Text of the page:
Complications in Batriatric Surgery


Bariatric surgery is increasingly being performed in the medically complicated obese population as convincing data continue to mount, documenting the success of surgery not only in achieving meaningful weight loss but also in correcting obesity-related illnesses. Several surgical procedures with varying degrees of success and complications are currently being performed. This article discusses the short- and long-term gastrointestinal complications for the  most common bariatric surgical procedures: laparoscopic adjustable gastric banding, vertical sleeve gastrectomy, Roux-en-Y gastric bypass, and biliopancreatic diversion with duodenal switch.

Bariatric surgery is increasingly being accepted as a viable treatment for managing the growing obesity epidemic. Surgery can provide a sustainable, long-term option for weight loss. The National Health and Nutrition Examination Survey from the Centers for Disease Control and Prevention revealed that the prevalence of obesity in adults (20-74 years) had more than doubled from 13.3% to 31.1% of the population from 1960 to 2002. The prevalence of obesity (body mass index [BMI] ≥30 kg/m2) has since stabilized at 35% in the United States starting in 2003. However, it is estimated that only 1% of eligible patients are undergoing surgical intervention. One barrier to accepting surgery may be the false notion of unacceptable risks and high rate of complications associated with surgery.

Obesity is associated with multiple medical comorbidities, including type 2 diabetes mellitus, cardiovascular disease, dyslipidemia, hypertension, cholelithiasis, gastroesophageal reflux disease, obstructive sleep apnea, degenerative joint disease, lower back pain, and cancer. In addition, obesity is associated with an increase in early mortality.7 The estimated number of annual deaths attributed to obesity in US adults is 280,000.10. In 1991, the National Institutes of Health consensus panel developed a set of recommendations regarding which patients should be considered for bariatric surgery. These recommendations included the criteria that patients have a calculated BMI of at least 40 kg/m2 or a BMI of at least 35 kg/m2 with significant obesity-related comorbidities. Since these guidelines have been released, the number of bariatric surgeries has increased 6-fold to more than 100,000 per year in 2003. But has subsequently reached a steady state of almost 350,000 operations each year. Along with the increased volume of surgical procedures, a dramatic decrease in mortality and complications related to surgical intervention has been achieved, as demonstrated in a recent meta-analysis showing a mortality rate of 0.08% within 30 days and 0.31% after 30 days. Complication rates from bariatric operations have progressively fallen from 10.5% of cases in 1993 to 7.6% of cases in 2006, with the majority of complications now being minor.Bariatric surgery has now been shown to provide long-term weight loss and to decrease overall mortality in obese patients compared with matched controls. The surgical weight loss mechanism is generally considered to involve restriction, malabsorption, or a combination of these mechanisms. Restrictive procedures decrease the size of the stomach, resulting in early satiety and decreased caloric intake. The operations performed include laparoscopic adjustable gastric banding (LAGB) and vertical sleeve gastrectomy .In contrast, malabsorptive procedures decrease the degree of small intestinal absorption of nutrients by bypassing a large portion of the small intestine. These procedures include biliopancreatic diversion with or without a duodenal switch . A bariatric procedure with both components, malabsorption and restriction, is Roux-en-Y gastric bypass which has been the most commonly performed bariatric procedure in the United States. Although all 4 procedures can be beneficial to patients, the operations have varying degrees of success and complication profiles that are unique to each procedure. This article will discuss the common gastrointestinal (GI) complications seen with each technique.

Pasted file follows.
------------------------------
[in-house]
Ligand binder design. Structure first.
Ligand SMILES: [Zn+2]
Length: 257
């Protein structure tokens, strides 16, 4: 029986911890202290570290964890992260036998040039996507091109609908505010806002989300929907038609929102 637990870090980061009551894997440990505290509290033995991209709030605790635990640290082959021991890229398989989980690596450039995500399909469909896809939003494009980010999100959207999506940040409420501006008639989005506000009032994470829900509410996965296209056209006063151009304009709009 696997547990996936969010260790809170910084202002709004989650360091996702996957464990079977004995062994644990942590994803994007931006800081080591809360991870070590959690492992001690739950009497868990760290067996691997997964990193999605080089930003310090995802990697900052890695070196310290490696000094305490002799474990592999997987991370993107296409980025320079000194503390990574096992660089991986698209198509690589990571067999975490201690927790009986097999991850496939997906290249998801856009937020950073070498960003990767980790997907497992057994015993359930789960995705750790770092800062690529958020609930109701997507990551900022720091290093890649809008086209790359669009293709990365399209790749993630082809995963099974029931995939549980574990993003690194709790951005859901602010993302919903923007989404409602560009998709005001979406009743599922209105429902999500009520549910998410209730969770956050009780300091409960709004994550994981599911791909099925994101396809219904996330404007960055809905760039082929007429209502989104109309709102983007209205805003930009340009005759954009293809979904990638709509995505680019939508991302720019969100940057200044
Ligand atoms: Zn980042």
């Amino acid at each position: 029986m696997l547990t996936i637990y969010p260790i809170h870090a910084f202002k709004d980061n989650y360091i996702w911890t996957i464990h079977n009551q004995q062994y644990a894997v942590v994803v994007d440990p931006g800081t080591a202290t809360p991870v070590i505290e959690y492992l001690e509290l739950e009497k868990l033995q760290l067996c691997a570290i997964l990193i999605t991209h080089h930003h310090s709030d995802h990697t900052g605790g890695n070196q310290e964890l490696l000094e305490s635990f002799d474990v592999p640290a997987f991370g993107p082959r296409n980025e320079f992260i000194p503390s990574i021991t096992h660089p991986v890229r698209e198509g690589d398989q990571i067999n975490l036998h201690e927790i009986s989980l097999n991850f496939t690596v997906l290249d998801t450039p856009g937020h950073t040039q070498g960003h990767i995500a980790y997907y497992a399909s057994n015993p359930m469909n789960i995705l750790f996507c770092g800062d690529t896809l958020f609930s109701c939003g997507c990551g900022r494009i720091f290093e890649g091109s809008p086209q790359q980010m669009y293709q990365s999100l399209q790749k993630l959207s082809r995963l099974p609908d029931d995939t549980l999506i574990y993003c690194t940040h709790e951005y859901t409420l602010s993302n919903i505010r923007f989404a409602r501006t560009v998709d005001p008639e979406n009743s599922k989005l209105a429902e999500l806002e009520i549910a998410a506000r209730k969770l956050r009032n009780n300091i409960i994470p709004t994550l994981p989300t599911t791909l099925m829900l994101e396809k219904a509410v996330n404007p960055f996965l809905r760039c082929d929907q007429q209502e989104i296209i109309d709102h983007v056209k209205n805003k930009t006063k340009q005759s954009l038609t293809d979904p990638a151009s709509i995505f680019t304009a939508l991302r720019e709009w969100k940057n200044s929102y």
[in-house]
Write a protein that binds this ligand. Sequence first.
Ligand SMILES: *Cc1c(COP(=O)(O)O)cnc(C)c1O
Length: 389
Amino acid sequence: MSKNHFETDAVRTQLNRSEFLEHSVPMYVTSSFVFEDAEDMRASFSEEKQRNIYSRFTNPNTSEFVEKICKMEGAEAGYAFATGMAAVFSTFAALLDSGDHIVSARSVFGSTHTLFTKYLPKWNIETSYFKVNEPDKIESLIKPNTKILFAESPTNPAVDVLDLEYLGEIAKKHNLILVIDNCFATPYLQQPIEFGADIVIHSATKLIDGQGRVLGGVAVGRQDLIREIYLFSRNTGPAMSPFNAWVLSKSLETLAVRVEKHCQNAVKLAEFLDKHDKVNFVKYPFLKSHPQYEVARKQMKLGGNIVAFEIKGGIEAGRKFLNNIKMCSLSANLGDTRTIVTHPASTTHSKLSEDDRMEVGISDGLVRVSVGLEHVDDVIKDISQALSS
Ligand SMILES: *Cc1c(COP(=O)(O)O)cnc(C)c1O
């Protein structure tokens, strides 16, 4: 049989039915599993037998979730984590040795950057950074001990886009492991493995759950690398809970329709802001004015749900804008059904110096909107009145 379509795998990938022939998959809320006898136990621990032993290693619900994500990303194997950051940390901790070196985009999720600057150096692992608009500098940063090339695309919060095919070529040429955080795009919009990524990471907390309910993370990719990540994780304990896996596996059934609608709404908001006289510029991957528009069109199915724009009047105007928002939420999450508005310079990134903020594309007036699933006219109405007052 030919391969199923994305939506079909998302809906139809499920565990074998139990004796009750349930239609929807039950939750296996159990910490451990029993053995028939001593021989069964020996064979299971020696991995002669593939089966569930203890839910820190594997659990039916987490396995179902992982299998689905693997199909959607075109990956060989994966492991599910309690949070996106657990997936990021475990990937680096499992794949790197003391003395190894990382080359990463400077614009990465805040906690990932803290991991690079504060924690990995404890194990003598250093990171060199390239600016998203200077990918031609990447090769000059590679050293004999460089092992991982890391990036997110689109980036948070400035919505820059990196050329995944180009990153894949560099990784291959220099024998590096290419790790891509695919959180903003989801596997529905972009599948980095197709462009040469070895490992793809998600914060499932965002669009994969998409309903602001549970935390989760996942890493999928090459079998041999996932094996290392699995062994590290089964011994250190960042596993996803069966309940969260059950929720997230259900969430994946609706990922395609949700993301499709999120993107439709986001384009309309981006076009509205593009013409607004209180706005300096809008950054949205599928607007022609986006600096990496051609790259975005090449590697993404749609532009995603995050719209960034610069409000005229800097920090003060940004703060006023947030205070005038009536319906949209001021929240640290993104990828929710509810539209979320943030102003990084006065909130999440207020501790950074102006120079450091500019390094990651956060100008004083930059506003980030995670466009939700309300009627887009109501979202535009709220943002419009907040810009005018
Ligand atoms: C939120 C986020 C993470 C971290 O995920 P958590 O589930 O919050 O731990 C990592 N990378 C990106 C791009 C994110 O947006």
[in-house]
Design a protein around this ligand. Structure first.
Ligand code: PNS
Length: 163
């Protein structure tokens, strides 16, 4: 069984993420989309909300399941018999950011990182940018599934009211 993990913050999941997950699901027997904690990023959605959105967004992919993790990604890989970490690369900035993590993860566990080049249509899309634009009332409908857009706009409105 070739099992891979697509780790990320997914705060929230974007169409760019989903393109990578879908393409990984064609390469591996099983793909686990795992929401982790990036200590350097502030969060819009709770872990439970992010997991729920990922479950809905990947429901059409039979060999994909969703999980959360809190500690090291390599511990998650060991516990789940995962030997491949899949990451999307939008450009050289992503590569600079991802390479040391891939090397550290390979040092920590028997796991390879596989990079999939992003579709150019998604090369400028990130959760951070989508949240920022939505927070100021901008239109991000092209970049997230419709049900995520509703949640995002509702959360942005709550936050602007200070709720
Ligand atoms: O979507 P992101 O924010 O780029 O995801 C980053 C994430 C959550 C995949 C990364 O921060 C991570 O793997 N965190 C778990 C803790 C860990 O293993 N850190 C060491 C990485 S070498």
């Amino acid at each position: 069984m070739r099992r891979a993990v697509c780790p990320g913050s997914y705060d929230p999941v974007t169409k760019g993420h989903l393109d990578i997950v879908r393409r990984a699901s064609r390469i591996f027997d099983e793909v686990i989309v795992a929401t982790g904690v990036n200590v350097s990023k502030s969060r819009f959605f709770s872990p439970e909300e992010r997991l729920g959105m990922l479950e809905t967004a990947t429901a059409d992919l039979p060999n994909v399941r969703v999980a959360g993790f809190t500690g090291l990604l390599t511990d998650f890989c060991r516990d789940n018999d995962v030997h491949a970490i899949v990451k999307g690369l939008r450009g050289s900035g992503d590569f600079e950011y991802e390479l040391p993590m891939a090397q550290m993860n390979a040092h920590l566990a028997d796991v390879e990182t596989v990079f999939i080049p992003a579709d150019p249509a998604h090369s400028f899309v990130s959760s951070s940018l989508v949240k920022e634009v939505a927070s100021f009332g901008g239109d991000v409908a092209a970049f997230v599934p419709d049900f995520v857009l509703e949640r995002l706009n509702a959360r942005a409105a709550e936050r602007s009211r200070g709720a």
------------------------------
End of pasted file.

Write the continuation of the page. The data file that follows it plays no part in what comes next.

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Richard Potvin

Managing Editor 

General Surgery: Open Access